The other thing to keep in mind is that the QALY is one building block of a cost-effectiveness analysis. Those analyses themselves are subject to a good deal of uncertainty because what you're doing is extrapolating the experience from a short-term clinical trial and trying to understand how those effects play out over time. So there are uncertainties there.
So as we discuss in the book, there's always a recommendation to conduct a rigorous set of sensitivity analyses to test that uncertainty, and understand whether, regardless of the range of estimates you're putting in, if you're coming to similar conclusions, that gives you some comfort as to the robustness of your approach.
And, of course, one can always revisit your analysis as new evidence comes in. I believe there's also a discussion, and it does relate to the COVID-19, about whether the QALY is too narrowly focused on health issues and doesn't take into account sort of the societal knock-on effects of some treatments. I believe in your world there's an active debate about how to factor into societal benefit and whether it should be included. So where do you come down on that? And how would you do it if you are in favor — baking in societal value?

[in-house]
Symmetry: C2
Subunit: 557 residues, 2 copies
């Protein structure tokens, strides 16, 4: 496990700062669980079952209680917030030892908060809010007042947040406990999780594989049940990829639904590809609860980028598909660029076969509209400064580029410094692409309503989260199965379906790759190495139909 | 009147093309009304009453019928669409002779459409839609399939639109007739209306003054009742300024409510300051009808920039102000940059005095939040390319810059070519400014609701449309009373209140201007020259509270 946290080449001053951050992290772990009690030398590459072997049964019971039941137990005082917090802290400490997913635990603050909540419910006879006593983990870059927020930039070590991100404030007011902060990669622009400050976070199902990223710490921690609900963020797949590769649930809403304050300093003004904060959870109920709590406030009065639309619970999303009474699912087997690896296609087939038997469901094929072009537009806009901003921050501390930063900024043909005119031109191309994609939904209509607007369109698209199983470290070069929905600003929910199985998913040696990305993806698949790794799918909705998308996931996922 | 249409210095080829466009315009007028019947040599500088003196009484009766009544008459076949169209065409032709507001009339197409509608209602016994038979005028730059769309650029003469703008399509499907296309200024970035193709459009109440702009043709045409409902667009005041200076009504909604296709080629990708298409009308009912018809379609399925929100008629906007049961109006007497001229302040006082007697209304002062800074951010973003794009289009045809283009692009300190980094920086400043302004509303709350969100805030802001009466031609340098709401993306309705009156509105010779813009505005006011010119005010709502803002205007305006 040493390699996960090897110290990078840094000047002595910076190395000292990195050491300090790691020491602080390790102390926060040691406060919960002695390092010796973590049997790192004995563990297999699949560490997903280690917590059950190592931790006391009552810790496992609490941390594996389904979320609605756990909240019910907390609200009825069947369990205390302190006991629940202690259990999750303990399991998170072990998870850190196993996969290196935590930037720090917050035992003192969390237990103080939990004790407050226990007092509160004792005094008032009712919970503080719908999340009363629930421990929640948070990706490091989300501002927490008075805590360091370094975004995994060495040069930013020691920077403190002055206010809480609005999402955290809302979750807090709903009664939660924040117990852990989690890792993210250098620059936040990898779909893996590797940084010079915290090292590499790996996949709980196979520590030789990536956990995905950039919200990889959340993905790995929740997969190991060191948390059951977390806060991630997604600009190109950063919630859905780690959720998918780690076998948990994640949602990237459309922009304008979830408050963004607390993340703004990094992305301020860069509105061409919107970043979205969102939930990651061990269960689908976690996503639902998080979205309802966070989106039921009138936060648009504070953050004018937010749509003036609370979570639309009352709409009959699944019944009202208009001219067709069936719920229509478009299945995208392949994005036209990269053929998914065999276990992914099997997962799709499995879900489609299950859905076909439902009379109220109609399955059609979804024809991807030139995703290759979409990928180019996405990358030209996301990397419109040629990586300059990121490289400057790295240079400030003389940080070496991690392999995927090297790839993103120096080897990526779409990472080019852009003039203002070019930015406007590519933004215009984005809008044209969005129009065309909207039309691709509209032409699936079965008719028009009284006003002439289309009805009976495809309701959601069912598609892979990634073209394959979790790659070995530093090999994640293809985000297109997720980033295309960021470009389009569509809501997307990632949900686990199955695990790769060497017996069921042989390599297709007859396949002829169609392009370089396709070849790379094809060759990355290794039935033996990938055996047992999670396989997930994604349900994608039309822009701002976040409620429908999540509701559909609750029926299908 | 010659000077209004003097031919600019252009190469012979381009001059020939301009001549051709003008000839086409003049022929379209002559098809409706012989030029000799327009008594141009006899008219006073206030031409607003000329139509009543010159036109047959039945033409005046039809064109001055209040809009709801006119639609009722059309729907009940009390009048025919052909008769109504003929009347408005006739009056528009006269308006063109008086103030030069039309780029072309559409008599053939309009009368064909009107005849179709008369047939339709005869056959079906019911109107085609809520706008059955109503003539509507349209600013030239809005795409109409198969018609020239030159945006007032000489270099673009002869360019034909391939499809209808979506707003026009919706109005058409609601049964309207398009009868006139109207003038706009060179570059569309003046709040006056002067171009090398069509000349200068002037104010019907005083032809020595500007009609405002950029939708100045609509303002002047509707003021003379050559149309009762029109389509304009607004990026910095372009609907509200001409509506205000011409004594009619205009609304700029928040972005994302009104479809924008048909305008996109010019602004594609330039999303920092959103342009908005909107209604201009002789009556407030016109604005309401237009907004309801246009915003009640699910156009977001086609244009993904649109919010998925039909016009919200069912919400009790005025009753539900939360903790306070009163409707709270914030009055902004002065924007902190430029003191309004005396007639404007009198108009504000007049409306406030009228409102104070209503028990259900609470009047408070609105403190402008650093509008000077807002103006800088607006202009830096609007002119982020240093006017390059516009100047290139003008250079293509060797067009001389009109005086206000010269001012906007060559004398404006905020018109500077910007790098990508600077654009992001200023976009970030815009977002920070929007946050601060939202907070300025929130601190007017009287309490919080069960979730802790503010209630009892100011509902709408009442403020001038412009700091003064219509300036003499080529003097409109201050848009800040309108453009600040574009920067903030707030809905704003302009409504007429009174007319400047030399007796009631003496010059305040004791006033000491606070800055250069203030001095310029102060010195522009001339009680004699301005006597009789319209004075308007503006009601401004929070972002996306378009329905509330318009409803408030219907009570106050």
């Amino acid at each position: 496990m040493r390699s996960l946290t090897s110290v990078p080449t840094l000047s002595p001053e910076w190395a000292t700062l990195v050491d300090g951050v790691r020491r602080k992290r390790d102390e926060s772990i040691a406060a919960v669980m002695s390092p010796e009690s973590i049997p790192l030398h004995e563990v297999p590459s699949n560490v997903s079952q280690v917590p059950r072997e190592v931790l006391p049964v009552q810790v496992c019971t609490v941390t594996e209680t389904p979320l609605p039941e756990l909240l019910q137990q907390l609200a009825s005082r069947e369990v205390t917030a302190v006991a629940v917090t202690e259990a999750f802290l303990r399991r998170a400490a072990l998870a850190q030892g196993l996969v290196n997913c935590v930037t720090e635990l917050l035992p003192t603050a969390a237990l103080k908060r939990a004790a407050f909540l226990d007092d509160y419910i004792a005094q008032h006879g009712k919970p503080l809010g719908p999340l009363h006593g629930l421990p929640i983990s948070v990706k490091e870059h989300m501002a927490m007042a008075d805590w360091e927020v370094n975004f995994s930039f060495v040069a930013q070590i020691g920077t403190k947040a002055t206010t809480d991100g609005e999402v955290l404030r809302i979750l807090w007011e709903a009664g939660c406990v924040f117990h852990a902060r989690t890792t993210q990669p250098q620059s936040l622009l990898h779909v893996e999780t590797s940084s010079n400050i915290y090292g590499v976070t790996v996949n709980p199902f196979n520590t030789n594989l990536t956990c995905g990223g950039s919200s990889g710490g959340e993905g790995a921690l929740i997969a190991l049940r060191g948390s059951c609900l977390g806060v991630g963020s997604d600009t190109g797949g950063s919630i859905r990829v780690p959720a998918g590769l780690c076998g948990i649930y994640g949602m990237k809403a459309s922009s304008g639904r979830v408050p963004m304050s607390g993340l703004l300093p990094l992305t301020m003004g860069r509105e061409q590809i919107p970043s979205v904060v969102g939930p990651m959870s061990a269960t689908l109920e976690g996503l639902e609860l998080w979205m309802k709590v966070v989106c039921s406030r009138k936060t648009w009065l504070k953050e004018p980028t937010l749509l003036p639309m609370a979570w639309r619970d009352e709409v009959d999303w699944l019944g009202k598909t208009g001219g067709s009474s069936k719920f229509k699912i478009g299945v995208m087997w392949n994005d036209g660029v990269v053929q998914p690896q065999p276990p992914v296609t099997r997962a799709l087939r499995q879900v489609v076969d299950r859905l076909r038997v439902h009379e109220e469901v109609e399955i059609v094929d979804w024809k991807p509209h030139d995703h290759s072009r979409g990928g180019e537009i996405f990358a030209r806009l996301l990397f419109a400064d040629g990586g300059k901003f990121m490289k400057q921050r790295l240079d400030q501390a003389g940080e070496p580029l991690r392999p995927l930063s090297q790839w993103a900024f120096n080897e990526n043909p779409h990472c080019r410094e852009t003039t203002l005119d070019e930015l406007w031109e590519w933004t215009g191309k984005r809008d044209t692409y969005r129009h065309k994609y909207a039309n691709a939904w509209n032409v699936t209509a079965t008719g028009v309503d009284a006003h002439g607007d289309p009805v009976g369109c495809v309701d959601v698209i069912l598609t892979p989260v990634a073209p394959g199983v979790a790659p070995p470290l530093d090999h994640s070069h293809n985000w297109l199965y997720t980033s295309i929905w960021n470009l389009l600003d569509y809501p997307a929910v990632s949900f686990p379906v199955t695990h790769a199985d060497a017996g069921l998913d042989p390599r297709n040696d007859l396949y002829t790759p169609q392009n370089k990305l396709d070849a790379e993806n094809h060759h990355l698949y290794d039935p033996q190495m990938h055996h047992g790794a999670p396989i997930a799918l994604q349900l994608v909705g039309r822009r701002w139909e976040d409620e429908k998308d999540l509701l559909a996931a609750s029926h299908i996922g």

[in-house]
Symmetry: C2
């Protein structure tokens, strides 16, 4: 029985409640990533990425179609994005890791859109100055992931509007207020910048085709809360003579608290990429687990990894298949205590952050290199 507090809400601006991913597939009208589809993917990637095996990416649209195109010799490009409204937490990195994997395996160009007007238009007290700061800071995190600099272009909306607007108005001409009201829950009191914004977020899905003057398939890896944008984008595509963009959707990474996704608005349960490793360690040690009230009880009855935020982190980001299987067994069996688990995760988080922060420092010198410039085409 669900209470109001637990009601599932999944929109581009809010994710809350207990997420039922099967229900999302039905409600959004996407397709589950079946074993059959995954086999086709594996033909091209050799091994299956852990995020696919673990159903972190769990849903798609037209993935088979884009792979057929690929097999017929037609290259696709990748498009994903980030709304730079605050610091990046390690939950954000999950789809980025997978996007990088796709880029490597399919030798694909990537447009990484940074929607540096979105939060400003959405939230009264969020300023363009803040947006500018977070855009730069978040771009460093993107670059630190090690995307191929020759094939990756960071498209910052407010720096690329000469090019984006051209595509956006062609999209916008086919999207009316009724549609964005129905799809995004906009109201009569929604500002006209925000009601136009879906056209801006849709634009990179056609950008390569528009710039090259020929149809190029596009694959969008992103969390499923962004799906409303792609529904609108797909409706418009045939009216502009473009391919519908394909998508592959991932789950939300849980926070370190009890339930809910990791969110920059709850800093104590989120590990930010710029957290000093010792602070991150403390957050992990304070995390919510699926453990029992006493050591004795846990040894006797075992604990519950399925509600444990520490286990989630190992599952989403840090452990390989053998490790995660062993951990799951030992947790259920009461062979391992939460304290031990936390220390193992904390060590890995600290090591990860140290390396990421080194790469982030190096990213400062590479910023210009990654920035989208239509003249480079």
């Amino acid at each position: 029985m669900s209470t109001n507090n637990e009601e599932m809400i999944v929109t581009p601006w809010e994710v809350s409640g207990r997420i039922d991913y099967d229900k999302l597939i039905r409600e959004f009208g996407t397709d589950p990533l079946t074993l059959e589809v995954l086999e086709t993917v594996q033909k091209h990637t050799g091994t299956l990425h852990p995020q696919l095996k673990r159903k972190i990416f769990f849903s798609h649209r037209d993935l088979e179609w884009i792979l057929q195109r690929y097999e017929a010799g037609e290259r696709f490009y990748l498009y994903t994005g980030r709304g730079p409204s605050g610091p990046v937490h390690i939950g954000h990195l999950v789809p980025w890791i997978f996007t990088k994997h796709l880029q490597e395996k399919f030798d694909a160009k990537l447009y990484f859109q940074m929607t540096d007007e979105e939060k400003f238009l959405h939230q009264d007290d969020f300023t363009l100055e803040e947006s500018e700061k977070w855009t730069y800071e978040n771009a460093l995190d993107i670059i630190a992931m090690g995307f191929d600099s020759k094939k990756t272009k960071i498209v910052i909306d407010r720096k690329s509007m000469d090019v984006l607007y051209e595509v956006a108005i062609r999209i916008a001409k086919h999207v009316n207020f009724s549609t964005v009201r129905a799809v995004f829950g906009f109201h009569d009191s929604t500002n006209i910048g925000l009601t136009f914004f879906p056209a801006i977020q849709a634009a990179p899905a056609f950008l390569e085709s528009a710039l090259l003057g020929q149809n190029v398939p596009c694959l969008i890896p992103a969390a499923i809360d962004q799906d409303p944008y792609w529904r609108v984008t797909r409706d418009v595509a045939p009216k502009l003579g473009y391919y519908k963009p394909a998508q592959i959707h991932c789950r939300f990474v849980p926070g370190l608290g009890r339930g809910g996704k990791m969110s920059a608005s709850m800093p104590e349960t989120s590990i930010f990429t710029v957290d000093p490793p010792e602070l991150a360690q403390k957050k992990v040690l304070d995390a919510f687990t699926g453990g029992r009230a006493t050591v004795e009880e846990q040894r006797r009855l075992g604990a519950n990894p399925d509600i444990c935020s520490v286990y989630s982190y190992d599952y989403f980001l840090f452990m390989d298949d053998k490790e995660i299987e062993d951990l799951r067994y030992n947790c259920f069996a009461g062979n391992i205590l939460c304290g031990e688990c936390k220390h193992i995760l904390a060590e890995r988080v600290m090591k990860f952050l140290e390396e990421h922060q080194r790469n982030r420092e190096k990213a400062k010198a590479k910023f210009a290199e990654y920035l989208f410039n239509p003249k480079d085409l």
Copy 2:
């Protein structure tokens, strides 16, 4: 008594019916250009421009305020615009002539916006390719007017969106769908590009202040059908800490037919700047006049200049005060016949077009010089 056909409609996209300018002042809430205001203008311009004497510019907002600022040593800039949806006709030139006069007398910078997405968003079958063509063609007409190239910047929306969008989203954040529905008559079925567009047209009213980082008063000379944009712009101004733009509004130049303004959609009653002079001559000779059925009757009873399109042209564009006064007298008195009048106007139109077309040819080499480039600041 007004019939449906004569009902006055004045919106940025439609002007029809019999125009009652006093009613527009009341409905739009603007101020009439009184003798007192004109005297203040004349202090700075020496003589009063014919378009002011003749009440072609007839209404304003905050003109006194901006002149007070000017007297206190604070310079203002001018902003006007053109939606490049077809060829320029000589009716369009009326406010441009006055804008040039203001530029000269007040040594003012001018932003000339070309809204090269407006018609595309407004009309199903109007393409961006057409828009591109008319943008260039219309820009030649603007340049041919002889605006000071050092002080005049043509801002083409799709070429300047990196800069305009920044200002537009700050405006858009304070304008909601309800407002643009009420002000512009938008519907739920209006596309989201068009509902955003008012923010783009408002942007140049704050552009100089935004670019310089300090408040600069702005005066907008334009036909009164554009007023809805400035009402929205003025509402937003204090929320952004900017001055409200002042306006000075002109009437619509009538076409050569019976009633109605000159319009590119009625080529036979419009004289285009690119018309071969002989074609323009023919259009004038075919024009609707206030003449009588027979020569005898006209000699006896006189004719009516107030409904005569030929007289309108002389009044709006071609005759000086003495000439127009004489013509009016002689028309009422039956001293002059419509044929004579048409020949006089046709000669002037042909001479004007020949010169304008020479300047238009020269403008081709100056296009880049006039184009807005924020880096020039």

We do talk about this. And the gut feeling is generally that the societal perspective is important to estimate if information and data are available, which is not always the case. It's oftentimes difficult to estimate societal impacts with a lot of precision. But it's important to understand what the results are looking like from a societal perspective and compare that to the health system perspective, in part, just to see if there's a difference. It may make a significant difference. In other cases, it may not.
It's also important to reflect on what the decision problem is and who the decision maker is. So you might think that there is significant benefit to, let's say, a therapy that improves the ability to return fully to work and be more productive. That seems like a no brainer. But if you think about the way the health system works in our country, that's much more important to the self-insured employer who's going to be fully at risk for the costs and benefits of the health plan to their employees, then it would be to an employer who's contracting with the health plan is not necessarily all that focused on productivity benefits; they're more focused on where the savings might be to the health system in direct medical costs.
So the perspective is important to think about whether it's societal or health sector, but it's also important to think about who's actually taking that information and making a decision based on it.
And who is at risk of the financial consequence.